August 14, 2019 11:59 am

Entomophagy is the practice of eating insects – and this would be enough to stop the majority of you from reading more about it. For the bravest: more than 1,900 edible insect species are actually consumed around the world, especially beetles, caterpillars, grasshoppers, locusts and crickets.

Entomophagy is an ancient tradition in many countries, such as Mexico, Thailand, Democratic Republic of the Congo and the Amazon. The term “entomophagy” (/ɛntəˈmɒfədʒi/) comes from Greek: ἔντομον – éntomon, “insect”, and φᾰγεῖν – phagein, “to eat”.

Insects are the novel food par excellence. In the European Union their consumption, as for the other products recently added to a population’s diet, is defined by the Regulation (EU) 2015/2283, which became applicable the 1st of January 2018. However, many European countries have not even started to produce insects for human consumption. The reasons for this lack of action has to be found in the reaction of disgust and rejection against the idea of eating insects.

The truth is that entomophagy offers great benefits for human health and environment: insects provide high-quality protein and nutrients comparable with meat and fish, are rich in fibre and micronutrients and pose a very low risk of transmitting zoonotic diseases. Insects can convert 2 kg of feed into 1 kg of insect mass, whereas cattle require 8 kg of feed to produce 1 kg of body weight gain. Insects can be cultivated, processed and cooked relatively easily, with great advantages for farmers and entrepreneurs.

They are used for animal feed too – this means that probably you already ate insects during your life, even if indirectly.

If all these benefits are not enough to persuade us to convert ourselves to entomophagy, let’s add some “yummy” details. In those countries in which entomophagy is a common habit insects are not considered just a poor food: they are eaten in a lot of different ways, cooked or raw, served fried or breaded and often accompanied by spicy sauces (especially in Latin America). People describe them as testing like fried chicken or a salty snack with a little extra crunch.

As already pointed out, in the European countries, insects are still a “food taboo” which trigger a reaction of disgust and refuse. We commonly eat shrimps and lobsters, which are not so different from a lot of insects from an esthetical and lifestyle point of view – they eat other animals’ remains and live in the sea, as all fish do which are being happily consumed.

We had the same reaction when Japanese sushi reached European restaurants. Then, we gradually accepted it as a curious exotic culinary habit and now we adore it. Maybe it will just take some more time for Europeans to appreciate this practise of entomophagy.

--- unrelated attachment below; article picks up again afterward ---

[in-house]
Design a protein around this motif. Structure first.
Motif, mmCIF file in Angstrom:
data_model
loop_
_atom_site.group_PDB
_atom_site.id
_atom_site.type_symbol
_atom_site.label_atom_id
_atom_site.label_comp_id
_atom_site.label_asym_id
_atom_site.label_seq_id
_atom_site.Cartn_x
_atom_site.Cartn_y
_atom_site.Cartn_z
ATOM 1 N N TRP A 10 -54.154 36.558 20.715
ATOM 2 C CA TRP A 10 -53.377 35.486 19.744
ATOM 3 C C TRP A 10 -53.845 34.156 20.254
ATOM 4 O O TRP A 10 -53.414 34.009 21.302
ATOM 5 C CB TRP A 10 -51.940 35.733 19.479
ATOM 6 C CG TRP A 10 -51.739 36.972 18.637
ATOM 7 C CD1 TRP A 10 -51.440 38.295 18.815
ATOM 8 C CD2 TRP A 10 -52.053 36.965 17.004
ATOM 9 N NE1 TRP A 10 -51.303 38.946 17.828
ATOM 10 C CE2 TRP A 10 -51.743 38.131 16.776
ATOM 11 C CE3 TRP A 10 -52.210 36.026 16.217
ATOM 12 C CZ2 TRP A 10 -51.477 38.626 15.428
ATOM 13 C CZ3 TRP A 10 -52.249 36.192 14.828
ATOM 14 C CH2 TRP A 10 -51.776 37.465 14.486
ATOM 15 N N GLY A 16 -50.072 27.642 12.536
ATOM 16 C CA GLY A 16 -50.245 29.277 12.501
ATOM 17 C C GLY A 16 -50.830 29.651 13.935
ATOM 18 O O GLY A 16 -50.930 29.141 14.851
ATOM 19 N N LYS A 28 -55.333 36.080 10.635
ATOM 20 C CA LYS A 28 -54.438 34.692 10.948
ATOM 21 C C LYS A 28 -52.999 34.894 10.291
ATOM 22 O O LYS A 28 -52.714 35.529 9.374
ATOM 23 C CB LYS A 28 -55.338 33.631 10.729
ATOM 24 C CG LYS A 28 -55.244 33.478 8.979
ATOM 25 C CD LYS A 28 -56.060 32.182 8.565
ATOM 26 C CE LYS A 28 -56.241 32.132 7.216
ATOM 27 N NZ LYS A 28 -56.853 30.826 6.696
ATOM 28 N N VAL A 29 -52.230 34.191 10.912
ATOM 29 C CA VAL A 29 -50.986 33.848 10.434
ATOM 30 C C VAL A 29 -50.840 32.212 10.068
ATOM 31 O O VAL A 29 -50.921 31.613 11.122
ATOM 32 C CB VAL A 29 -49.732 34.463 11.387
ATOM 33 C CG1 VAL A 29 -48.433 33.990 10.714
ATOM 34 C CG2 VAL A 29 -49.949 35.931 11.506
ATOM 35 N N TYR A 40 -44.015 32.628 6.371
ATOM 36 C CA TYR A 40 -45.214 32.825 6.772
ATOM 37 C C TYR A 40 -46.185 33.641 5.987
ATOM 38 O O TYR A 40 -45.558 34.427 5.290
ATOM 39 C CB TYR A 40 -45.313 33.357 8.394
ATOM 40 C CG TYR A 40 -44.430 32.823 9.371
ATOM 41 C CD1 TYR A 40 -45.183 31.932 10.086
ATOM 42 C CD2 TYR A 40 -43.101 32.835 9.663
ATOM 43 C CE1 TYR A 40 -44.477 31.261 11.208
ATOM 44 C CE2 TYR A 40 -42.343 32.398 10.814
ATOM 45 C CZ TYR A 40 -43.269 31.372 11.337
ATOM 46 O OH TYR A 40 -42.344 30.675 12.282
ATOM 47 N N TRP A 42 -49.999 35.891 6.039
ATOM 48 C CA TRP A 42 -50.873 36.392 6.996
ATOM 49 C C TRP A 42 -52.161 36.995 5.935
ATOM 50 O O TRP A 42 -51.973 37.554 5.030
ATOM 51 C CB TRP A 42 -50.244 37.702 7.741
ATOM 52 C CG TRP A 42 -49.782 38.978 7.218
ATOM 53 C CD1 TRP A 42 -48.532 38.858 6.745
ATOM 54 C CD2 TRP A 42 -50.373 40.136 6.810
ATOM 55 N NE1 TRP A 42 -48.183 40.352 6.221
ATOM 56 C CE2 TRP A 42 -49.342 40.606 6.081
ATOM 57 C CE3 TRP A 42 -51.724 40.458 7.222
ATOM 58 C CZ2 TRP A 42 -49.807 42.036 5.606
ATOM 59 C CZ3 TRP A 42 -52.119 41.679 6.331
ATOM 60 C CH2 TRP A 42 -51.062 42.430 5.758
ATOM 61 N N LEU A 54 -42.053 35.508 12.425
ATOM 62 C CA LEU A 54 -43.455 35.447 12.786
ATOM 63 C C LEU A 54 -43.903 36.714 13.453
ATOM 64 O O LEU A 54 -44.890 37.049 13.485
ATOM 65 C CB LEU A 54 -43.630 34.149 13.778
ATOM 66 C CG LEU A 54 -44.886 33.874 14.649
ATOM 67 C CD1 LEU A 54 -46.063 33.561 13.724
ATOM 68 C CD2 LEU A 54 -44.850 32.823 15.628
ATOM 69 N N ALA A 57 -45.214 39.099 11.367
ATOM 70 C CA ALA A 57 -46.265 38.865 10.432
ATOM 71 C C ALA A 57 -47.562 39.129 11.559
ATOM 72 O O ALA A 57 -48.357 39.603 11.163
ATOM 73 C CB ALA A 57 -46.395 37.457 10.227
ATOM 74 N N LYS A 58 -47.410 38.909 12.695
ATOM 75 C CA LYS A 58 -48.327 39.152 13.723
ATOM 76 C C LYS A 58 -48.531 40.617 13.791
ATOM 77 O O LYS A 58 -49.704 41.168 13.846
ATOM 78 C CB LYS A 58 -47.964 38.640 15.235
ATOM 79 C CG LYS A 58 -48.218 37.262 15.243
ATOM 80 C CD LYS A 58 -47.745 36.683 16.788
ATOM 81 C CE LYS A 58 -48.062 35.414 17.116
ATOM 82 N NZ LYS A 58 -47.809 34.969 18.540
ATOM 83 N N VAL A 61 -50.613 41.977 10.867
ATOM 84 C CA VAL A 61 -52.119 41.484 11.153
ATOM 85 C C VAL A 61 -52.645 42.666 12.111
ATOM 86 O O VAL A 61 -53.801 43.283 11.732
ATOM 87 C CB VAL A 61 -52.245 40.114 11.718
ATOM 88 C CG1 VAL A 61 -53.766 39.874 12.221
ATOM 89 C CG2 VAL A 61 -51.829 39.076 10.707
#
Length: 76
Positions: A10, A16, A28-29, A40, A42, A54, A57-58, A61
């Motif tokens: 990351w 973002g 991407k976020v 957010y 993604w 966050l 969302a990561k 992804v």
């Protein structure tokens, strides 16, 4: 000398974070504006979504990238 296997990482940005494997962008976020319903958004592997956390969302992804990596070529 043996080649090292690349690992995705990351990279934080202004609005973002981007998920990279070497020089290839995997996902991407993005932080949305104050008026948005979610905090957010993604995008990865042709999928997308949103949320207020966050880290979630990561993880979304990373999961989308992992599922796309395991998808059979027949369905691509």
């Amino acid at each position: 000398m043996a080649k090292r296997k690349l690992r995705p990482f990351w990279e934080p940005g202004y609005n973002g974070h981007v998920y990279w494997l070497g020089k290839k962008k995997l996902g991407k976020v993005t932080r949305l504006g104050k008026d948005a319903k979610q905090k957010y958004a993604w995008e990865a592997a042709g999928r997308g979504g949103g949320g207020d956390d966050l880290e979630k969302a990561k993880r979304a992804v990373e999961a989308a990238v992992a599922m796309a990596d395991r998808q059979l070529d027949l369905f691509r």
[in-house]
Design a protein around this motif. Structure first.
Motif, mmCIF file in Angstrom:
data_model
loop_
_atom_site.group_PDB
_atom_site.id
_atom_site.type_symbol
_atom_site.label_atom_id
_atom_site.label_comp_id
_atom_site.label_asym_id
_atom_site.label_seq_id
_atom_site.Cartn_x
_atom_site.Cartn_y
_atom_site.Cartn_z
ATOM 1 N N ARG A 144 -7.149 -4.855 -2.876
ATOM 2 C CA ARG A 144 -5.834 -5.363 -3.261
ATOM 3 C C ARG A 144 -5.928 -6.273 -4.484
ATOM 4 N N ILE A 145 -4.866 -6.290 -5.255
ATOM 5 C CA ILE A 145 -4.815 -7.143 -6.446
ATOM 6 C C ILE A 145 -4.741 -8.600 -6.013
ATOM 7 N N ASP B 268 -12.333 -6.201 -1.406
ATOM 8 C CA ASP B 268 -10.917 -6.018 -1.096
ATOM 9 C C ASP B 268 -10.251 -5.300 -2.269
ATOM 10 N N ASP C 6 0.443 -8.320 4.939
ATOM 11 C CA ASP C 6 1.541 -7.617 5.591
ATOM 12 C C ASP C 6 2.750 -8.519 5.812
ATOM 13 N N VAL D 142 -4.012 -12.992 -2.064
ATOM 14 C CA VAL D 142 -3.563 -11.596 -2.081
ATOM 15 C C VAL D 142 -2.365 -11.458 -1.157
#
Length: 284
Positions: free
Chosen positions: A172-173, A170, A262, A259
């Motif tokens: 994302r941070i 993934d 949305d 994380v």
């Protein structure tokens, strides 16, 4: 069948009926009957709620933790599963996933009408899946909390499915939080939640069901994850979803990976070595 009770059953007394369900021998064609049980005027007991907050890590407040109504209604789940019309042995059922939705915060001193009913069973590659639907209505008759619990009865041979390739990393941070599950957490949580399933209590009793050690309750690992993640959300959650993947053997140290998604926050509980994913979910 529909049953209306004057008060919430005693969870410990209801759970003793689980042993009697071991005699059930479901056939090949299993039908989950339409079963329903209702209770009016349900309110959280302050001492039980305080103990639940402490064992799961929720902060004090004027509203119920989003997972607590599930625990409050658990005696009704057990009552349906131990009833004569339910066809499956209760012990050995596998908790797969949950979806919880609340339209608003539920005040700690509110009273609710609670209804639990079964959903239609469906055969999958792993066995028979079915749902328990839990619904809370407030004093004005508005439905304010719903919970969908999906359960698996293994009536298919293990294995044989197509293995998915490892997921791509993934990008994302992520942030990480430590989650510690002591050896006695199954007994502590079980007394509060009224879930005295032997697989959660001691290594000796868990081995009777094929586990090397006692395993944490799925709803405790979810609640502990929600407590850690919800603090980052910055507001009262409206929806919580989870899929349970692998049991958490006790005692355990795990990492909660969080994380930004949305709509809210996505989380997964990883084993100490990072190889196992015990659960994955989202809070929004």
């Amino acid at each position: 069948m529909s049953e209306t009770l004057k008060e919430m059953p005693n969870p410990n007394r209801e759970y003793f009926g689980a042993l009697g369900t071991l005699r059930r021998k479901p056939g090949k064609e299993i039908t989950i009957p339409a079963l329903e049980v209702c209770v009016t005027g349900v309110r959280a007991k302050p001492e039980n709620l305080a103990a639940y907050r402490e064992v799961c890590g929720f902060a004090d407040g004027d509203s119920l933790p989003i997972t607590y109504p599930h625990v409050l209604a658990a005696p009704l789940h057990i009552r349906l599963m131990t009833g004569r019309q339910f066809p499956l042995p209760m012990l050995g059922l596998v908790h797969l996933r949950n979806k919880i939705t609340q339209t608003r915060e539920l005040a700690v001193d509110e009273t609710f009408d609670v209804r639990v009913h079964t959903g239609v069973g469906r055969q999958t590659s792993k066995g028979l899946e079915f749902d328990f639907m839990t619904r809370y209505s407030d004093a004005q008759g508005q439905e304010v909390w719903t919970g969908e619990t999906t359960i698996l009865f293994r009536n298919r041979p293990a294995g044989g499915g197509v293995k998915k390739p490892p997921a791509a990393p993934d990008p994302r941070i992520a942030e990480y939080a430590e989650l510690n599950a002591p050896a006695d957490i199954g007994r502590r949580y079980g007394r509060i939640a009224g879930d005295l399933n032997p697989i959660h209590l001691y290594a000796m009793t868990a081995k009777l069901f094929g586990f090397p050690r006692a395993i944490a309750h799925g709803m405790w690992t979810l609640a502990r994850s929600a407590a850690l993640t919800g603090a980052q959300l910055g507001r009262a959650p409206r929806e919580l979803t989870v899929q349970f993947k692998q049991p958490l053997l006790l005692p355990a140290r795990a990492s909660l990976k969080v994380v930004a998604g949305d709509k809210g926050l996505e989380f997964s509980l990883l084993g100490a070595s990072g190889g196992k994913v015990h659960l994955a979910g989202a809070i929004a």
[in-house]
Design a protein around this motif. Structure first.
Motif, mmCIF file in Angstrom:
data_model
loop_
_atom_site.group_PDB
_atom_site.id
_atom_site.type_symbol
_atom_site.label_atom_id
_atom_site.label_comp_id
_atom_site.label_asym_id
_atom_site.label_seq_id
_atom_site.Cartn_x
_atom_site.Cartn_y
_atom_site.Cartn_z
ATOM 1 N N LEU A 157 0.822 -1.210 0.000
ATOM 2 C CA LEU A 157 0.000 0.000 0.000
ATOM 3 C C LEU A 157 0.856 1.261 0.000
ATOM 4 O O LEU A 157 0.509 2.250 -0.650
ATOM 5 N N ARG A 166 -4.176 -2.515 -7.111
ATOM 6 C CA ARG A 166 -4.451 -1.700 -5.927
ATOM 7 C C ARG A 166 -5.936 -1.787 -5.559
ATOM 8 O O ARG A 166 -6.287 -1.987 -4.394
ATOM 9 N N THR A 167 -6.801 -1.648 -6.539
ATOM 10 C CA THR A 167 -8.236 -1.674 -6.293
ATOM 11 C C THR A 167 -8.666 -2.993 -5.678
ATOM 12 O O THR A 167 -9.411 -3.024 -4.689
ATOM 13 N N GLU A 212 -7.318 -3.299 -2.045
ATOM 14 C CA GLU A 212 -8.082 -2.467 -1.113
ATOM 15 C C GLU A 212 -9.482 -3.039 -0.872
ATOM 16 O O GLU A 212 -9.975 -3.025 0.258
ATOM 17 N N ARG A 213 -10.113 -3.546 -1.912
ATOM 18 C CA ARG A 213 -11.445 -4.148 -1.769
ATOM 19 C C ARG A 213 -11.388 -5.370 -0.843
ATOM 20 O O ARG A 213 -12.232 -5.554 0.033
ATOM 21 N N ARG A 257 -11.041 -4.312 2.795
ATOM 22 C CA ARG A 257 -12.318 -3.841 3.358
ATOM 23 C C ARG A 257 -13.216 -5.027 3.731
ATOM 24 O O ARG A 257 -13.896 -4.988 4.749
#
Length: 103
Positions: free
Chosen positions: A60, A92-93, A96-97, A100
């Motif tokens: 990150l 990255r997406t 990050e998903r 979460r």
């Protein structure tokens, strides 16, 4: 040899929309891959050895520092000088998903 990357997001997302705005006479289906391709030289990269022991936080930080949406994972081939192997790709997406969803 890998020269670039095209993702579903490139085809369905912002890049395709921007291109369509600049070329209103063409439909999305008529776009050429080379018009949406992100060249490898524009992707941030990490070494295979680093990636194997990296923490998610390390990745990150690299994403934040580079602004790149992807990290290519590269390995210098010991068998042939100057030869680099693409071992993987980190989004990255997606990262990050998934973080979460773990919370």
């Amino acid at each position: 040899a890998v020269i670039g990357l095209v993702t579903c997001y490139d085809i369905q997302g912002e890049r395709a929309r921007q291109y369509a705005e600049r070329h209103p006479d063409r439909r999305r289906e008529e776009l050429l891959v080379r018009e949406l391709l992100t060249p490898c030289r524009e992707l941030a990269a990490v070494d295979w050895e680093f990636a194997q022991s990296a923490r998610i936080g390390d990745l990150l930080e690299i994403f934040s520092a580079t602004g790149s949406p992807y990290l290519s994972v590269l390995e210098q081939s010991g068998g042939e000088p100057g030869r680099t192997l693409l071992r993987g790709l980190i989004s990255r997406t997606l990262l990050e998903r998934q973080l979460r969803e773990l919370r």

Costa-Neto E. M., “Edible insects in Latin America: old challenges, new opportunities” in Journal of Insects as Food and Feed, 2016, 2(1):1-2


FAO/WUR, Expert consultation meeting: assessing the potential of insects as food and feed in assuring food security, P. Vantomme, E. Mertens, A. van Huis & H. Klunder, eds. Summary report, Rome, 23-25 January 2012, http://www.fao.org/3/an233e/an233e00.pdf

FAO/WUR, Edible insects: future prospects for food and feed security, FAO Forestry Paper, Rome, 2013, http://www.fao.org/3/i3253e/i3253e.pdf

Meyer-Rochow V. B., Food Taboos, Elsevier, 2018


Oxford Dictionaries https://en.oxforddictionaries.com/definition/entomophagy

Regulation (EU) 2015 of the European Parliament and of the Council on novel food


SLU, Swedish University of Agricultural Sciences, Department of Biomedical Sciences and Veterinary Public Health, Sweden, Fernandez-Cassi X, Supeanu A, Jansson A, Boqvist S. and Vagsholm I, Novel foods: a risk profile for the house cricket (Acheta domesticus), EFSA Journal 2018;16(S1):e16082, 15 pp. https://doi.org/10.2903/j.efsa.2018.e16082

Viesca González F. C., Romero Contreras A. T., “La Entomofagia en México. Algunos aspectos culturales” in El Periplo Sustentable – Turismo y Desarrollo, Universidad Autónoma del Estado de México, 2009, n. 16, pp. 57-83


Written by Serena Mottola, Study Visitor in Terminology at the Terminology Coordination Unit of the European Parliament (Luxembourg) and Ph.D. candidate in European Languages and Specialised Terminology at the University “Parthenope” of Naples. She speaks Italian, English, Spanish, Russian and Italian Sign Language.

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